September 6, 2019
The Trump Administration’s Housing Finance Reform Plan: Details, Omissions, and Surprises
Yesterday, one day before the 11-year anniversary of Fannie Mae and Freddie Mac entering conservatorship, the Treasury Department and Department of Housing and Urban Development released wide-ranging housing finance sector reform plans with a view to moving toward releasing the two housing finance government-sponsored enterprises (GSEs) from federal control. While the plans contain a surprising breadth and ambition of reforms, they are light on details, notes AAF’s Director of Financial Services Policy Thomas Wade in an analysis of the plans.
Perhaps most crucially, both reform plans are silent on the future of the GSEs beyond removing them from conservatorship. This suspicion is only reinforced by the recommendation that the Treasury financial backstop remain in place (albeit “limited and tailored”) and provided by Ginnie Mae. With even a limited and tailored line of credit to Treasury, the GSEs will retain much of the flavor of, well, GSEs.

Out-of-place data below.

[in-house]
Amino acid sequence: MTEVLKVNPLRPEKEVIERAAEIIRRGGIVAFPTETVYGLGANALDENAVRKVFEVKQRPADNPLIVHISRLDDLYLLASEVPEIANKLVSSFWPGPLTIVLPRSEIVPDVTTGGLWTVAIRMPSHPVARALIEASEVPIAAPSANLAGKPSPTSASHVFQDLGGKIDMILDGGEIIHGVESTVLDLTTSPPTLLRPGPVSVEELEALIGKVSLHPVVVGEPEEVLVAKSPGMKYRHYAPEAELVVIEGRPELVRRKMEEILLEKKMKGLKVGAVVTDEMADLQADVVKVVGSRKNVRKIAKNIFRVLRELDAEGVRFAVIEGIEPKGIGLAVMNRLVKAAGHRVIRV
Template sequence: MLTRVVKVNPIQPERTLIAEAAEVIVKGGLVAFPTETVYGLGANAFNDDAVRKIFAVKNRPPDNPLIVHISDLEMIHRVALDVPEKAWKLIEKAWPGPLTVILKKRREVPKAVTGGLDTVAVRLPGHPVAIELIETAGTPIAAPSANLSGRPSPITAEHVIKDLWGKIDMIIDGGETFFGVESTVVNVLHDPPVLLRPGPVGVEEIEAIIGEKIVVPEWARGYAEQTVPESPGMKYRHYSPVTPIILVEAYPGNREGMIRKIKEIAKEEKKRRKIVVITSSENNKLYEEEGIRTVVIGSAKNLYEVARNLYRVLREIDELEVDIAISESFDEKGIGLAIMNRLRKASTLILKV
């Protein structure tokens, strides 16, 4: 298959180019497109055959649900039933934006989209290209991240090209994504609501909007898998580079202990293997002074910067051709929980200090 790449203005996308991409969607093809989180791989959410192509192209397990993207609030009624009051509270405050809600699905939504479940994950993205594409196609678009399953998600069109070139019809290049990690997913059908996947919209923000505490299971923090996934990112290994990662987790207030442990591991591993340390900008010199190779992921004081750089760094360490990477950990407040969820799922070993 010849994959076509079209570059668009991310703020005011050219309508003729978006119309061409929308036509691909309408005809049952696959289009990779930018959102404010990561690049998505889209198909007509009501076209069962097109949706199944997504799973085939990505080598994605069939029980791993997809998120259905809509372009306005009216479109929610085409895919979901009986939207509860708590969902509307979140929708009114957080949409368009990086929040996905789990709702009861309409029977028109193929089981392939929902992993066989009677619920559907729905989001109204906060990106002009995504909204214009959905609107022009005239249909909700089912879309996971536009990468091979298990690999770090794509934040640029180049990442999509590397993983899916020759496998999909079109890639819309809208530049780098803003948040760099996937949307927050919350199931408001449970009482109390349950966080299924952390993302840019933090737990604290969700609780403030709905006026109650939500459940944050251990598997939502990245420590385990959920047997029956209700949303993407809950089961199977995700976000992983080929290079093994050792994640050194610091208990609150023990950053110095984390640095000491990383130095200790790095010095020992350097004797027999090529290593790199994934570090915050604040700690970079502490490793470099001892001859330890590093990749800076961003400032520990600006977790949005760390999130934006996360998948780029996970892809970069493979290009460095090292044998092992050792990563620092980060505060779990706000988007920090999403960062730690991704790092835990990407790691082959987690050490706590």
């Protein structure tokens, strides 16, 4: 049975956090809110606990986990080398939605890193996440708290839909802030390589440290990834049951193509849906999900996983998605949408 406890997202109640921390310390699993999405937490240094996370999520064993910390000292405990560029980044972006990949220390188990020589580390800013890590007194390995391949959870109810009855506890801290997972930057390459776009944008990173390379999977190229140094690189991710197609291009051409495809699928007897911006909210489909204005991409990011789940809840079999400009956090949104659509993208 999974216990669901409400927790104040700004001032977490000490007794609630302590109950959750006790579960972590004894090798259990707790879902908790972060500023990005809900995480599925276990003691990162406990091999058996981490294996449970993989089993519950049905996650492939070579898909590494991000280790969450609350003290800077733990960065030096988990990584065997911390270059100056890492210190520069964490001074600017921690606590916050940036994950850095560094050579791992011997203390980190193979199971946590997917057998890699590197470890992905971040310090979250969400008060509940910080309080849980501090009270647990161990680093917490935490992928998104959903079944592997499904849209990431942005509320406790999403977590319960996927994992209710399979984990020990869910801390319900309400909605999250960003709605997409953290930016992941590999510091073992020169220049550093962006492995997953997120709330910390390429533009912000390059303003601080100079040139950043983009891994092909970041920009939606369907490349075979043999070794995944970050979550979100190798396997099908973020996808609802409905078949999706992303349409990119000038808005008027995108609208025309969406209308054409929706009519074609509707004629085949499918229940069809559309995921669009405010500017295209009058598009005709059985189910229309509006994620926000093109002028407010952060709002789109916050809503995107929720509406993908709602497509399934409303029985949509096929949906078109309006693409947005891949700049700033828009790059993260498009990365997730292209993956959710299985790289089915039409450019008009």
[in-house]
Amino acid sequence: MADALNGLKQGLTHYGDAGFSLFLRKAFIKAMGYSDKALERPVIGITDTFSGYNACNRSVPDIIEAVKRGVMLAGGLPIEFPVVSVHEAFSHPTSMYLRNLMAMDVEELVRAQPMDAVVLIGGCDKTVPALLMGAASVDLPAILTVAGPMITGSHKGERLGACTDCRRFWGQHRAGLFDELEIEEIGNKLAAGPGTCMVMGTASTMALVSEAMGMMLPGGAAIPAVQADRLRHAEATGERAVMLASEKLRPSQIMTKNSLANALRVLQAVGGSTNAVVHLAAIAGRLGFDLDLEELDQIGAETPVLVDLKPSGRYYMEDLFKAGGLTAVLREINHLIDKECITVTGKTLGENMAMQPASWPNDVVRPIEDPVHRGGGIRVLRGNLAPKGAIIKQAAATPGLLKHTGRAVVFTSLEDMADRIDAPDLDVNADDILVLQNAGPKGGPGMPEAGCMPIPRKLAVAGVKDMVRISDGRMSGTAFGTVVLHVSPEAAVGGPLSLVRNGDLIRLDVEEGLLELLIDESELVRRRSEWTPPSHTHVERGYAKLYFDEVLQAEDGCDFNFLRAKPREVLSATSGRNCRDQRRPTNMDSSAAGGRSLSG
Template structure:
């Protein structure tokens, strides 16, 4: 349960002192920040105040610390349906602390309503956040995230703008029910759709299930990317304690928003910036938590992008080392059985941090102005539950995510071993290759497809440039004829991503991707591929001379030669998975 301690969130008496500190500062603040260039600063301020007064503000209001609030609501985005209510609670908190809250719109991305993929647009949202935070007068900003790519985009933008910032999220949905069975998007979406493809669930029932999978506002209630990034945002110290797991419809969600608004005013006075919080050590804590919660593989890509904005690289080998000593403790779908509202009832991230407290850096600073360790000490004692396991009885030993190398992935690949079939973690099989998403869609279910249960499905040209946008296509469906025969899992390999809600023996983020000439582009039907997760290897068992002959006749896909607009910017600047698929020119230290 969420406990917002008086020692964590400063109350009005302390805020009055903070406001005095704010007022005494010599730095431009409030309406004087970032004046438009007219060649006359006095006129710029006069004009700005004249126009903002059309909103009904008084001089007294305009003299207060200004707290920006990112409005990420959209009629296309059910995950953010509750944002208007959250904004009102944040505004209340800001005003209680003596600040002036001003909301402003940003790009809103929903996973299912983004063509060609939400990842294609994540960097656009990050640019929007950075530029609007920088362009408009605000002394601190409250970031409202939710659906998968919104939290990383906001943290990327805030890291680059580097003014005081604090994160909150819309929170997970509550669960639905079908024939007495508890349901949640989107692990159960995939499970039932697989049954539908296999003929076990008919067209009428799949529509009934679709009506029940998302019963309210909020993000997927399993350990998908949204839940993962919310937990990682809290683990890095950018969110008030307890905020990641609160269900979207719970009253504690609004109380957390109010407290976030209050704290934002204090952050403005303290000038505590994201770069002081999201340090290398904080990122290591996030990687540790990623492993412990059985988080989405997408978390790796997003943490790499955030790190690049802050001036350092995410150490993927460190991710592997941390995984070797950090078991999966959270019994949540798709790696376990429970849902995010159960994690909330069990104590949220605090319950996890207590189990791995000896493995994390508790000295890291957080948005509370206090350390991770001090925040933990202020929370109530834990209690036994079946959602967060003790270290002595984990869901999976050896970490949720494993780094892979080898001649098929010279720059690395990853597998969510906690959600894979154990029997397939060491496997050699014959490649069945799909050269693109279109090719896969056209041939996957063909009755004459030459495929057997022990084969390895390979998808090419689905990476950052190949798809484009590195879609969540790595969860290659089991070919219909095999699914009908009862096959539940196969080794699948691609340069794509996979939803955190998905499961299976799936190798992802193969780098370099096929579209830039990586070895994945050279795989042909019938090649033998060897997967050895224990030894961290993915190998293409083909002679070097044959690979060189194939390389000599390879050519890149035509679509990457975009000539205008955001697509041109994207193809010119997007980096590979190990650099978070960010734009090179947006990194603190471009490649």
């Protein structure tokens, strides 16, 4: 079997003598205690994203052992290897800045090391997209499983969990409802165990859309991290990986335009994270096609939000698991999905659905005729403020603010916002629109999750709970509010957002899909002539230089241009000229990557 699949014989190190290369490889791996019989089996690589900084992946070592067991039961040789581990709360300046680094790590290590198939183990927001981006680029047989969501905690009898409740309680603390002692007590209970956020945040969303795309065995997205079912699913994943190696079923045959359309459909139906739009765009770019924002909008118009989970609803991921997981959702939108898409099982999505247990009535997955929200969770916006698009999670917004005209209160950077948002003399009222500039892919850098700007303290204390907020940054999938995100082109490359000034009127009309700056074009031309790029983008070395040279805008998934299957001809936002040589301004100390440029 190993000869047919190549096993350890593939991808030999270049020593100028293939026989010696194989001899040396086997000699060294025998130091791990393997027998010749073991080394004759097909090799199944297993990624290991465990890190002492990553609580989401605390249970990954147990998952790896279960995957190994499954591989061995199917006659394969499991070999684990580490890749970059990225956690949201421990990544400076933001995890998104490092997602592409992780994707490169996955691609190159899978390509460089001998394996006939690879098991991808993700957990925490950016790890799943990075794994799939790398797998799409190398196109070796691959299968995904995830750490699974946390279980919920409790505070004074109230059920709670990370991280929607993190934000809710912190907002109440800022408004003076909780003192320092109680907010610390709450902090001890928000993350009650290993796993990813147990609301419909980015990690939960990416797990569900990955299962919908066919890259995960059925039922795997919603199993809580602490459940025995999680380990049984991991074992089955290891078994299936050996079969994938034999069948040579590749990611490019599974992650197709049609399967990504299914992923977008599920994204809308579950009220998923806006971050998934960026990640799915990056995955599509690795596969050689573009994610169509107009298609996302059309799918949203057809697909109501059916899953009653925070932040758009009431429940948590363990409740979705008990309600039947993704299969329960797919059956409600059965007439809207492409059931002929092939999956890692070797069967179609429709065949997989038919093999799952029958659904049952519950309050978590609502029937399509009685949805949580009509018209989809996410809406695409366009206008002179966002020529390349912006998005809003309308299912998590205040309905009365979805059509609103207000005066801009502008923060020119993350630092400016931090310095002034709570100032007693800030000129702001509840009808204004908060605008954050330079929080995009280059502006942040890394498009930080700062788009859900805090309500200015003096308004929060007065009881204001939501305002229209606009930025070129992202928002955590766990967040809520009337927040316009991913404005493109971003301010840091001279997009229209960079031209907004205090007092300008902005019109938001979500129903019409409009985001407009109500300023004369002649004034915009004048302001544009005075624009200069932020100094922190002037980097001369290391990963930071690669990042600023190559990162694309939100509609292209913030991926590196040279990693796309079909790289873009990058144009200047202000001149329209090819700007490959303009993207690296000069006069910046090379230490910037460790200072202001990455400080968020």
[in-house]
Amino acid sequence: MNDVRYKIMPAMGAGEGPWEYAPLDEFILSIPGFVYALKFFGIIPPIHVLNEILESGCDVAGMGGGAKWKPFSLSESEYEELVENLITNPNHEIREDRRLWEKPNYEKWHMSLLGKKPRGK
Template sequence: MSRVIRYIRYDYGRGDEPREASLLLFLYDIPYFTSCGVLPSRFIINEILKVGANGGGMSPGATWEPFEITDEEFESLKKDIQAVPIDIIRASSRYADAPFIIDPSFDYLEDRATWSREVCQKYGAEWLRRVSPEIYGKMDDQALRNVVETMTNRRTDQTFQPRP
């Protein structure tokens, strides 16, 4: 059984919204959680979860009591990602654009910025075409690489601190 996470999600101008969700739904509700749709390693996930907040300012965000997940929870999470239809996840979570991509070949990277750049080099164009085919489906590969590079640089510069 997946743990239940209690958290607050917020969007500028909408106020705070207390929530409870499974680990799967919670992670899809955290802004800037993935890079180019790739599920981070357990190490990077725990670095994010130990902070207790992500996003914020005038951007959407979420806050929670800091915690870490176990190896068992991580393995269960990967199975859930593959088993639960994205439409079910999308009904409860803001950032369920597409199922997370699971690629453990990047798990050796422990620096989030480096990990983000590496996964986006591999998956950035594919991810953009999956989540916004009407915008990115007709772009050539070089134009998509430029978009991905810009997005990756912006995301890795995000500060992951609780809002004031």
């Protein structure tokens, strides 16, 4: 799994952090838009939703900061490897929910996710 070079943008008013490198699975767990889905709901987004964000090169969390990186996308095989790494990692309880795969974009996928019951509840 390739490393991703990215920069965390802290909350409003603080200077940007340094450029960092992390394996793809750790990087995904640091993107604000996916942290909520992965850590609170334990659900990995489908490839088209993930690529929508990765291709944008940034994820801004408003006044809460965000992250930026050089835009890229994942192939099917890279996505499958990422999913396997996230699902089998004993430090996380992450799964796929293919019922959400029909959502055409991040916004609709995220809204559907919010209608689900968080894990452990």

Proponents of the idea that the GSEs be razed to the ground and have their fields salted will not find much in the report to reassure them other than a number of strong policy suggestions that seek to improve the standing of private operators and level the mortgage playing field.